Second Gentleman.

It’s a unique and rather awkward official title that Doug Emhoff – the husband of the nation’s first woman vice president, Kamala Harris – bears, but it appeared to be one with which he’s come to enjoy as he stumped in Raleigh on Tuesday for his wife’s and President Biden’s reelection in November.

Emhoff’s seemed comfortable and at-home as he spoke to a gathering of 200 or so in the steamy back parking lot of Southeast Raleigh’s Word of God Church during an informal Juneteenth celebration that featured food trucks, vendors, children’s games, and performances by an elementary school chorus.

In his remarks, Emhoff pulled no punches in characterizing the fall contest with presumptive Republican Party presidential nominee, Donald Trump. Using the holiday and its celebration of freedom as a starting point, Emhoff said that “everything is at stake” in the fall election and that it is imperative for African Americans to help “stop Trump and his MAGA allies in their tracks.”

After reading a long list of what he described as Biden-Harris administration accomplishments – record low Black unemployment, a doubling of Black-owned small business starts, the appointment of the Supreme Court’s first Black woman justice, the enactment of the nation’s first new gun safety legislation in three decades, the largest federal investment in HBCU’s in U.S. history, a $35 monthly cap on insulin prescriptions, historic investments in broadband and lead pipe removal – Emhoff said “all this goes away if Trump and his MAGA allies win.”

In blasting what he described as Trump’s “nod, nod, wink, wink” relationship with the white supremacy movement and its adherents, Emhoff said the plight of all Americans “will be even worse” that it was during Trump’s first term if he is elected in the fall, and that voters have four-and-a-half months to “save our democracy, save our world, and our very way of life.”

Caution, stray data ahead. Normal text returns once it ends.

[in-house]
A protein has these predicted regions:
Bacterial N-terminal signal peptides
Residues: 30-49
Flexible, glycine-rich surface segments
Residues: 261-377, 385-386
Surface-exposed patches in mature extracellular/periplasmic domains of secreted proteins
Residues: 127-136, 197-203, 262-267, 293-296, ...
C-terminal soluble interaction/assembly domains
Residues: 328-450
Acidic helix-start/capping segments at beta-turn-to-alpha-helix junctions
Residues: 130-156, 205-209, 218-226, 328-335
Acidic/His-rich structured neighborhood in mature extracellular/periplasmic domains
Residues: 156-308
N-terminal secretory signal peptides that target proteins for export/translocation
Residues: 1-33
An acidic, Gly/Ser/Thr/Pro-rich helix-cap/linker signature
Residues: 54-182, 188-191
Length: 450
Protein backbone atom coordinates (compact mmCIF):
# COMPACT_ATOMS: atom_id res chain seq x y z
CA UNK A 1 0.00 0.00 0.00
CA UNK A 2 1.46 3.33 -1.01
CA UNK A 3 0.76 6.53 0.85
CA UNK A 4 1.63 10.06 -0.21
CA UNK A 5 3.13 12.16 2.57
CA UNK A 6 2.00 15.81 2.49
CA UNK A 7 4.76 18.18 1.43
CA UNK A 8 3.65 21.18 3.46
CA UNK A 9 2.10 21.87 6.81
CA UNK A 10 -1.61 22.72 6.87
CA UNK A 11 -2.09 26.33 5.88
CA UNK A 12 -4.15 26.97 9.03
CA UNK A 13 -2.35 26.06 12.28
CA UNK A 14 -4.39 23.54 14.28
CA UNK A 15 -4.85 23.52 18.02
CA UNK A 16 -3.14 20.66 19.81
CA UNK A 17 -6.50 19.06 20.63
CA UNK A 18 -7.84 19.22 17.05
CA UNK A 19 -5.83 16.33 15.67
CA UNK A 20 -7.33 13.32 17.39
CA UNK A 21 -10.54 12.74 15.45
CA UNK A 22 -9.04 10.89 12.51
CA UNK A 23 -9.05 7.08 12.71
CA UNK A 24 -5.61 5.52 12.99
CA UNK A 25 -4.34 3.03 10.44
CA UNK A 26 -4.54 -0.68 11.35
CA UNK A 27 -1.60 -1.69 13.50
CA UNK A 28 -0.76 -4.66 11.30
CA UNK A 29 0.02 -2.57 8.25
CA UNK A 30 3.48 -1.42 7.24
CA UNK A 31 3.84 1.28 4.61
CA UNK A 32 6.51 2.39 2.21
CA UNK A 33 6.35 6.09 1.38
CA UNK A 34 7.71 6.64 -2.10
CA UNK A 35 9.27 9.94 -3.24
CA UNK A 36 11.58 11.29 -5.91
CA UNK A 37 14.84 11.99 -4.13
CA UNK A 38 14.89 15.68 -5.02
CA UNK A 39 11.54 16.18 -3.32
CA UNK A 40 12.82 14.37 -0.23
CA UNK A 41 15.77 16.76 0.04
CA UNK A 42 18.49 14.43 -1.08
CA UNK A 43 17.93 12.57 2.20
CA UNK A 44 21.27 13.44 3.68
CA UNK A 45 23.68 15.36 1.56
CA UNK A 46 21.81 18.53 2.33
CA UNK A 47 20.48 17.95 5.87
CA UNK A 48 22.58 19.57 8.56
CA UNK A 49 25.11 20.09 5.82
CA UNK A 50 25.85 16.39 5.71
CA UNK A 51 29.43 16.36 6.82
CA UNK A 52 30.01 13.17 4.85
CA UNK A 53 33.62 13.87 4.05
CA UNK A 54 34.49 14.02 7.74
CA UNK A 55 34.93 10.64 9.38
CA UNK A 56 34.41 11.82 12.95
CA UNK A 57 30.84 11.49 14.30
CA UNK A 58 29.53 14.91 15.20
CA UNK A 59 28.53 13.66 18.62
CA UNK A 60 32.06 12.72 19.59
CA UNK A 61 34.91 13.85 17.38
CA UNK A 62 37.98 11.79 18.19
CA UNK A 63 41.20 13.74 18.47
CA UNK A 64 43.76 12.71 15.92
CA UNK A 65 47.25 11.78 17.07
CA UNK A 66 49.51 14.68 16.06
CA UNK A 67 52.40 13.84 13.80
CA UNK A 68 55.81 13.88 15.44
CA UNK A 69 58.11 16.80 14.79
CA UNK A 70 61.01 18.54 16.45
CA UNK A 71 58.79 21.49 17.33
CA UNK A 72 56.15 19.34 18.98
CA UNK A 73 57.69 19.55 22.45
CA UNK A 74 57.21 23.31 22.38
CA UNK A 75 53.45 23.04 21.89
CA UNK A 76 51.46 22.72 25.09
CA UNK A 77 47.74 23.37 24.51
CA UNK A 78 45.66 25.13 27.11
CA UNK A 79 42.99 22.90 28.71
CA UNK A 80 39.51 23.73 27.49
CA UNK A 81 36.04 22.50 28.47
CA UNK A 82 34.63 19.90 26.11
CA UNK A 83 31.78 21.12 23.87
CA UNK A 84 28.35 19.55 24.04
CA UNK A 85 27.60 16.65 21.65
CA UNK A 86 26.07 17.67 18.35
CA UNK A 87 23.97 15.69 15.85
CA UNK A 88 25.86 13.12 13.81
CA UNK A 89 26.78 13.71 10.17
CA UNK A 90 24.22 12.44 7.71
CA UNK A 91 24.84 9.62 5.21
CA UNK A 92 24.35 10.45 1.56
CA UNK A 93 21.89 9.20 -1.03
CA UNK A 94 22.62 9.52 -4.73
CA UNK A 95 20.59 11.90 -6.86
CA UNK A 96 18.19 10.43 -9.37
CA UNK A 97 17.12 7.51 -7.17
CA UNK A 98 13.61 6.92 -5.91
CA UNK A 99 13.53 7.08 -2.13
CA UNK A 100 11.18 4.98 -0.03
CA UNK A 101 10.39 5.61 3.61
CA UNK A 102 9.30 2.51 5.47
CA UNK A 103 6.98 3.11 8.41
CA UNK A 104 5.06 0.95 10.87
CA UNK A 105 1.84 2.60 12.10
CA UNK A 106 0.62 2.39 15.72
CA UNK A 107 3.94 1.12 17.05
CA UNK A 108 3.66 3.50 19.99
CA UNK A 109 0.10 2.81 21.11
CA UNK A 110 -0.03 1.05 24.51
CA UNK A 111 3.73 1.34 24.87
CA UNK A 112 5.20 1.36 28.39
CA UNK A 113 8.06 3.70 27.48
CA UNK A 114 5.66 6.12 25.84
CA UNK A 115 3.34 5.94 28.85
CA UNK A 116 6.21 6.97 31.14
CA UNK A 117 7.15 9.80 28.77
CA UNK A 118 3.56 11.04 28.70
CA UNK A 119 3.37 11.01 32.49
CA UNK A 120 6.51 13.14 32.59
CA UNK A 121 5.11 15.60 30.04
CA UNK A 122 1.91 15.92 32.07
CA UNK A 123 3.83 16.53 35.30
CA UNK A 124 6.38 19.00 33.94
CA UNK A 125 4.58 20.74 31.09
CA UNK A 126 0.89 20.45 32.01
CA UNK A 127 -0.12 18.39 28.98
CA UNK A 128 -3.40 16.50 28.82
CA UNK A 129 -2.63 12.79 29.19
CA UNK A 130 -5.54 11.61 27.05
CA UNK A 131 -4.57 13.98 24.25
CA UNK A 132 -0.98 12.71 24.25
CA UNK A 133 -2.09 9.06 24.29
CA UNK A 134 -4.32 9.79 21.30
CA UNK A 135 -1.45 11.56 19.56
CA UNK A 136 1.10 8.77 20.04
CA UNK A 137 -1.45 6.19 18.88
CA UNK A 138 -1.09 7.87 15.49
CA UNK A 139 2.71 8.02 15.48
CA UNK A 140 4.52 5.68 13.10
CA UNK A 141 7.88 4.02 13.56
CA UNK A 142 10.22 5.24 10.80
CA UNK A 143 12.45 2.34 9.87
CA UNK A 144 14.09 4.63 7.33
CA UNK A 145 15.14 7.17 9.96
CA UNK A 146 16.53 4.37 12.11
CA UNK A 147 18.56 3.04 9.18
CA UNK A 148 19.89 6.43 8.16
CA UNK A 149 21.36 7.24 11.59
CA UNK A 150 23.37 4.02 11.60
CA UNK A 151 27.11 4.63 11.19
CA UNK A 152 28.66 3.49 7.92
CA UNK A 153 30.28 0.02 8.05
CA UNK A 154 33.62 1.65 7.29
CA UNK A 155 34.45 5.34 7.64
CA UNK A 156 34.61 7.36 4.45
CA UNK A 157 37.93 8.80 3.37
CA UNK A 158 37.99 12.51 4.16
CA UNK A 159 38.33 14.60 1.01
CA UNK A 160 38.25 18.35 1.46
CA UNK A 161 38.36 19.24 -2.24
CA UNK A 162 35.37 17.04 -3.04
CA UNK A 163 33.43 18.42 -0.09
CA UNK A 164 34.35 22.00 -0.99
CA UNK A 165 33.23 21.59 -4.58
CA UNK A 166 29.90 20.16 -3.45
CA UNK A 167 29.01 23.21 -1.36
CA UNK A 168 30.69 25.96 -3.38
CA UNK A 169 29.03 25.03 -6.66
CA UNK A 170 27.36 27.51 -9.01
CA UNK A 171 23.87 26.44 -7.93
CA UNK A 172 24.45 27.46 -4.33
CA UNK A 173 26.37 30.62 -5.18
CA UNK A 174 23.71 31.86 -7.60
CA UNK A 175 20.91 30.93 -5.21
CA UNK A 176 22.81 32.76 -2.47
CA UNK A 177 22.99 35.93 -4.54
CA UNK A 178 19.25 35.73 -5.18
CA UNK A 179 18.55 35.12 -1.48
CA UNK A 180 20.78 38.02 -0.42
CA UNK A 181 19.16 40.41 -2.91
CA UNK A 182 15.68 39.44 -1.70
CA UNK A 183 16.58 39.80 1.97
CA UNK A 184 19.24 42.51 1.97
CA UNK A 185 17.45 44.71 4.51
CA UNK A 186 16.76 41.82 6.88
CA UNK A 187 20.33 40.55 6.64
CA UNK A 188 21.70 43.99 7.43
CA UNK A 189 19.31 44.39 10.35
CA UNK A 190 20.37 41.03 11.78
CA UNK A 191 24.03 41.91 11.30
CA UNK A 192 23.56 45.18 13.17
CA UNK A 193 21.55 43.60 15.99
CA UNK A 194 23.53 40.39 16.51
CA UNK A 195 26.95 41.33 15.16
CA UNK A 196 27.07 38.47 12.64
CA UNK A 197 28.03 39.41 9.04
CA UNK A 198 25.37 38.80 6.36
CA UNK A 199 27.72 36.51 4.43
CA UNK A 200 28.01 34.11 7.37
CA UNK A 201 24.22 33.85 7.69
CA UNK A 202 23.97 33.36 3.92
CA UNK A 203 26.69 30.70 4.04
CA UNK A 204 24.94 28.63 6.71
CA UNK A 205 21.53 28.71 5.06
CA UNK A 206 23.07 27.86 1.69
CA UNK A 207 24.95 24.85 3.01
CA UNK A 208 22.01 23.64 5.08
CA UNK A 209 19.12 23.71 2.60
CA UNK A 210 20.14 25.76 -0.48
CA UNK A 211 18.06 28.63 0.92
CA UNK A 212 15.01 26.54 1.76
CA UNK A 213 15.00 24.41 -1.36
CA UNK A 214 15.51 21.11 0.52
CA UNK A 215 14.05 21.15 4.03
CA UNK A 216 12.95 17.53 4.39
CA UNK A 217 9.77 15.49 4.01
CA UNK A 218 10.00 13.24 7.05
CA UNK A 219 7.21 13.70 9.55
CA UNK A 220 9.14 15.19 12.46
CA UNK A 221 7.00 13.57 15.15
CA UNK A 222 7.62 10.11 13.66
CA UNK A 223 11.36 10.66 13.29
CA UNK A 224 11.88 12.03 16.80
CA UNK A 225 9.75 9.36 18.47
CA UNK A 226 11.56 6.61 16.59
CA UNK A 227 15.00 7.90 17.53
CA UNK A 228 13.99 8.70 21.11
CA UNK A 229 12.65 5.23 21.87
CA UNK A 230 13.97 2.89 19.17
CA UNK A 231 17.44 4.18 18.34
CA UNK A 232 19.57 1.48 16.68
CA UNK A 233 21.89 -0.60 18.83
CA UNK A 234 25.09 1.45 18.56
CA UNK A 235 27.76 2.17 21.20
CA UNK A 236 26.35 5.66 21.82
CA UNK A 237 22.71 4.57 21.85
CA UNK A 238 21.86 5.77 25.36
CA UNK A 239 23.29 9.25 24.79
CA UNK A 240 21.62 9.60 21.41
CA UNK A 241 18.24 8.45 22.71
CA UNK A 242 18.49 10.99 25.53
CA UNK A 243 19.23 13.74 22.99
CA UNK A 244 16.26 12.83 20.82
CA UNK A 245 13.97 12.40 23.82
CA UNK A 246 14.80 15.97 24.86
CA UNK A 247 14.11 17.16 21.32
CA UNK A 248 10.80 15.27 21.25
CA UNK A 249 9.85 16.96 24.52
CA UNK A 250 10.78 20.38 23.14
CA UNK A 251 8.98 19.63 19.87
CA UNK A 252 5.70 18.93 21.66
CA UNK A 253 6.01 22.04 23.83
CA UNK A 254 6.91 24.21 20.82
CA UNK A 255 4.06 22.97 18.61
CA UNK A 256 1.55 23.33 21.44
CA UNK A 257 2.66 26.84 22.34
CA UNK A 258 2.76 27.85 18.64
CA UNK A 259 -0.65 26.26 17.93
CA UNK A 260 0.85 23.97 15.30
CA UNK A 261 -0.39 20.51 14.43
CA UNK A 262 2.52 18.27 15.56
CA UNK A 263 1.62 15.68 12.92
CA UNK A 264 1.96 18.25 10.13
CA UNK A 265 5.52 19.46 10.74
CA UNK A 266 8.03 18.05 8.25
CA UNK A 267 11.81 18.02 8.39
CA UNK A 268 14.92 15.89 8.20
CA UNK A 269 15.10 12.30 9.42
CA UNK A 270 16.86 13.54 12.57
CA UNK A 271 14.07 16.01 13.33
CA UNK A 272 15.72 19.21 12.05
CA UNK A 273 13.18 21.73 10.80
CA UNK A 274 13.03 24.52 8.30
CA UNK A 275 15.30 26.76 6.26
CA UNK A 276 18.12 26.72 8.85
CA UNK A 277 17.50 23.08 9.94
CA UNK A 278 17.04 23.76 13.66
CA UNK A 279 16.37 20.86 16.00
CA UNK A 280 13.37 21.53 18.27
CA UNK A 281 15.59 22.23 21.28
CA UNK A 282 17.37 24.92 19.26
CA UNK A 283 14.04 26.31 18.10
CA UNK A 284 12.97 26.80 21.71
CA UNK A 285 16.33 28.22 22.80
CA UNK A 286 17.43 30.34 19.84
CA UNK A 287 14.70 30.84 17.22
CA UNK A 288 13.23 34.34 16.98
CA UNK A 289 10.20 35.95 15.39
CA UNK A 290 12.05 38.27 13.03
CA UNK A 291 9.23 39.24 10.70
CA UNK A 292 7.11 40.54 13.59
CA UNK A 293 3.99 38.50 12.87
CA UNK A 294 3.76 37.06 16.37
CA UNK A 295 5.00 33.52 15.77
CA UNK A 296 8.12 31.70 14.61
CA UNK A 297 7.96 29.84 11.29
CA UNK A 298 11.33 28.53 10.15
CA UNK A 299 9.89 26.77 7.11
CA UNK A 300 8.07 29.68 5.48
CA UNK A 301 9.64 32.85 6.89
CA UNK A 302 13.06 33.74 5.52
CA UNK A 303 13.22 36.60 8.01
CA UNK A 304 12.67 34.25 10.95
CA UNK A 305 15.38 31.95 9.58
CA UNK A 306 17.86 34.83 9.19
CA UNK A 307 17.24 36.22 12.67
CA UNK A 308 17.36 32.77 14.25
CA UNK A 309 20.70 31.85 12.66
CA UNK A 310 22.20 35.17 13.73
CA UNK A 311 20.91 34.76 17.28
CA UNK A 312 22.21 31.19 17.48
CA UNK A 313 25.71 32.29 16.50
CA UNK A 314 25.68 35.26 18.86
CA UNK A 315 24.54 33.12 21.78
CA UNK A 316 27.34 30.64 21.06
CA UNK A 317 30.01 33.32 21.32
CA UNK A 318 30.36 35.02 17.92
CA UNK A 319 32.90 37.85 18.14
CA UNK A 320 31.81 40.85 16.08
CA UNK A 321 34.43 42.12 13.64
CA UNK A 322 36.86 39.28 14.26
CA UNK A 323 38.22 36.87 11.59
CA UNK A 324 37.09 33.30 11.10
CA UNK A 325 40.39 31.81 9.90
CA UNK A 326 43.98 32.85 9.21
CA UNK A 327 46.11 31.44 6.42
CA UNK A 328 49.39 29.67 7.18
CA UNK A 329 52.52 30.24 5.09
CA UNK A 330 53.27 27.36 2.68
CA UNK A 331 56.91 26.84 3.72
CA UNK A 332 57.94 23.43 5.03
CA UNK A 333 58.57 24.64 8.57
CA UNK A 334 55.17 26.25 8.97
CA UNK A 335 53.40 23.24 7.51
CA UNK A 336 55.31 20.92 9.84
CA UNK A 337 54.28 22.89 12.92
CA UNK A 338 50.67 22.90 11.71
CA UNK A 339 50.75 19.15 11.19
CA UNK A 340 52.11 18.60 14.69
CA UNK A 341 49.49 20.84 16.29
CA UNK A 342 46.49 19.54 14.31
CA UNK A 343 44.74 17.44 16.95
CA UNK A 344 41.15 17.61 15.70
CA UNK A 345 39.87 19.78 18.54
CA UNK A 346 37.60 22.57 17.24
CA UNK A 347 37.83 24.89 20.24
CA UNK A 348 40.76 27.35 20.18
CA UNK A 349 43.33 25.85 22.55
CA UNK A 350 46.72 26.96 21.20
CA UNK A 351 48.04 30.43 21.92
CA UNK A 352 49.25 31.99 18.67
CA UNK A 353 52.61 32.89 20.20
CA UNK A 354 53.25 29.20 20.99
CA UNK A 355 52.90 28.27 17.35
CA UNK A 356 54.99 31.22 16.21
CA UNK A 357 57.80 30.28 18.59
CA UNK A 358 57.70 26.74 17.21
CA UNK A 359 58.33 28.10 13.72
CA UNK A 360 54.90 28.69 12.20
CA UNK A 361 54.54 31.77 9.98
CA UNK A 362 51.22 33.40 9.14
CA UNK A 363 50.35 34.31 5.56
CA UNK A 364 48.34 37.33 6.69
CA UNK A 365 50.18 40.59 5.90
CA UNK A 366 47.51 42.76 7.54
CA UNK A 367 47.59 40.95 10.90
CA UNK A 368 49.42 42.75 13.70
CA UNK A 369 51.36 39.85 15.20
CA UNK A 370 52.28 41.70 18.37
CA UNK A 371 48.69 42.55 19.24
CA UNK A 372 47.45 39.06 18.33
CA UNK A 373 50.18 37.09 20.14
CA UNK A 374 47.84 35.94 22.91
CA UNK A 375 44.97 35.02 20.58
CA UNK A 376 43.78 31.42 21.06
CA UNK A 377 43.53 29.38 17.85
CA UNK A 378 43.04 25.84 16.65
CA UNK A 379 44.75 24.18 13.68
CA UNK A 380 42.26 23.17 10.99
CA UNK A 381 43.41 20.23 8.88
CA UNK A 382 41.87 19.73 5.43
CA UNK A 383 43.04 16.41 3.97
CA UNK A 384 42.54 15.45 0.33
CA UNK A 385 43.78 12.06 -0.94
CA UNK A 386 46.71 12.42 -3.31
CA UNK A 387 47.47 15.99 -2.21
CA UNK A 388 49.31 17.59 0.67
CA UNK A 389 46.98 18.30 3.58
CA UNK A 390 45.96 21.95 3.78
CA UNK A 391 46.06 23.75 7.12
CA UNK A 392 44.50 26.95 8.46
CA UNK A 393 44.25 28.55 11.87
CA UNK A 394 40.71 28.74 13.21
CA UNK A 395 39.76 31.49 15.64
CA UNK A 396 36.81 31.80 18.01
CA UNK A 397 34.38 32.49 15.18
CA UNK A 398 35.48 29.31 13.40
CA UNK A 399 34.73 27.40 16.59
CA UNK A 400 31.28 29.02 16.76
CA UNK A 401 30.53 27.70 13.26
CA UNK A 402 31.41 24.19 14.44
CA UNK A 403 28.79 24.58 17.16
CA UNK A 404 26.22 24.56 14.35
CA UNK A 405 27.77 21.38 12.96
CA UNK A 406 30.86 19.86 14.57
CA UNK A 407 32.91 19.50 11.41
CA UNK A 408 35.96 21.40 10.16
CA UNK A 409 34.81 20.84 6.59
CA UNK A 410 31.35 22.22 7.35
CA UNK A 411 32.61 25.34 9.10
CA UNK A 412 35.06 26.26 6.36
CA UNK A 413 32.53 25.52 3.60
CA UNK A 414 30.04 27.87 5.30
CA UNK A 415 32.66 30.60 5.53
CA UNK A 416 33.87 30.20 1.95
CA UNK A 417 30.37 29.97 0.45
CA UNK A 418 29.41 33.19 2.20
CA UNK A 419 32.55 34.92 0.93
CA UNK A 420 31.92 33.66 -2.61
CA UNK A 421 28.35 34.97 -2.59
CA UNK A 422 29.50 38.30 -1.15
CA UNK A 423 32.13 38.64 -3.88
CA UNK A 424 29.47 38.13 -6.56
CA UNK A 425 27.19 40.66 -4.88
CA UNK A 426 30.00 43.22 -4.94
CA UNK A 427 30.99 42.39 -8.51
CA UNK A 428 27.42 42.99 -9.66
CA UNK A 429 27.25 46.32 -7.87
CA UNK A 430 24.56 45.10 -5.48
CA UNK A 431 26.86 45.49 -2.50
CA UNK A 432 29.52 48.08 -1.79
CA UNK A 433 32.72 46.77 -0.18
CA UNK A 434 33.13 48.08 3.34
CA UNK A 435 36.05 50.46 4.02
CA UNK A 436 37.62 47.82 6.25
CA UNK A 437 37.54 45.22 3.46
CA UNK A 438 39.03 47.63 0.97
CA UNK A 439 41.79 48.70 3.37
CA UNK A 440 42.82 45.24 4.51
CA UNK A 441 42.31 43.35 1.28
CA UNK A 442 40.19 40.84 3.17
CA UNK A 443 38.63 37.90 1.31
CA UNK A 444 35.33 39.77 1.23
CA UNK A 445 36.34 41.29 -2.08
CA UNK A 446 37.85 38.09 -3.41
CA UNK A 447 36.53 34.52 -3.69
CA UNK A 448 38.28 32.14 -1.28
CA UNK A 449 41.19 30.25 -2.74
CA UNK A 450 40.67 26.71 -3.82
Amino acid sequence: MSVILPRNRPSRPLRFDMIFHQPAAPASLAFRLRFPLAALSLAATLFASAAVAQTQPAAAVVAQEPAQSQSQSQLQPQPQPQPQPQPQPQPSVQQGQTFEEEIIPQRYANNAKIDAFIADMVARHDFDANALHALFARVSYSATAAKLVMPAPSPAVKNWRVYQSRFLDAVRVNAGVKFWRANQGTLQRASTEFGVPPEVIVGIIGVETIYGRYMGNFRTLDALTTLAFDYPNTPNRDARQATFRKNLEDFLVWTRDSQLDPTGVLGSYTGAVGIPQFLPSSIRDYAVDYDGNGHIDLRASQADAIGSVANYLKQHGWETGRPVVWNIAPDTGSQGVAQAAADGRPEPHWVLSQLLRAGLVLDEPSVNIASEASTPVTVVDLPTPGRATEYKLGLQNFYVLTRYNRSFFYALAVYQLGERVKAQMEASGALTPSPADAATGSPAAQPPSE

Emhoff was preceded to the stage by a collection of local and national Democratic politicians.

Gov. Roy Cooper signs a Juneteenth proclamation
Gov. Roy Cooper signs a Juneteenth proclamation, while Second Gentleman Doug Emhoff, Democratic National Committee Chairman Jamie Harrison, Congresswoman Deborah Ross, and a group of Wilson County elementary school students and their music teacher look on. (Photo: Rob Schofield)

North Carolina Gov. Roy Cooper spoke in similarly urgent terms about the fall election – saying it represents “critical juncture for the state and country.” Before signing a Juneteenth proclamation while surrounded by a group of elementary school students of color from Wilson County, Cooper said, “We celebrate freedom [of Juneteenth] today, but the fight for freedom was not over then and is not over now.”

Other speakers included:

  • Durham state Senator Natalie Murdock, who served as the event’s emcee,
  • Wake County School Board member and Democratic Party nominee for the state House of Representatives, Monika Johnson-Hostler, who read a Juneteenth proclamation from the Wake County Board of Commissioners,
  • Democratic National Committee chairman Jamie Harrison, who called for the audience to “fight back against evil forces” and to champion “hope and progress over hate and division,” and
  • Wake County Congresswoman and former State Representative Deborah Ross, who reminded the audience of how her late former colleague, Rep. Larry Womble of Forsyth County, had long fought to establish Juneteenth as a state holiday long before it was officially recognized.

While Juneteenth is now an official federal holiday, it remains merely optional for North Carolina state government employees and is not one that the GOP leadership of the General Assembly has chosen to celebrate. A few miles northwest of today’s event, business proceeded as usual during a busy day at the state Legislative Building, where several committee meetings took place and consideration of the GOP-authored state budget proposal was scheduled for a House floor debate during the afternoon.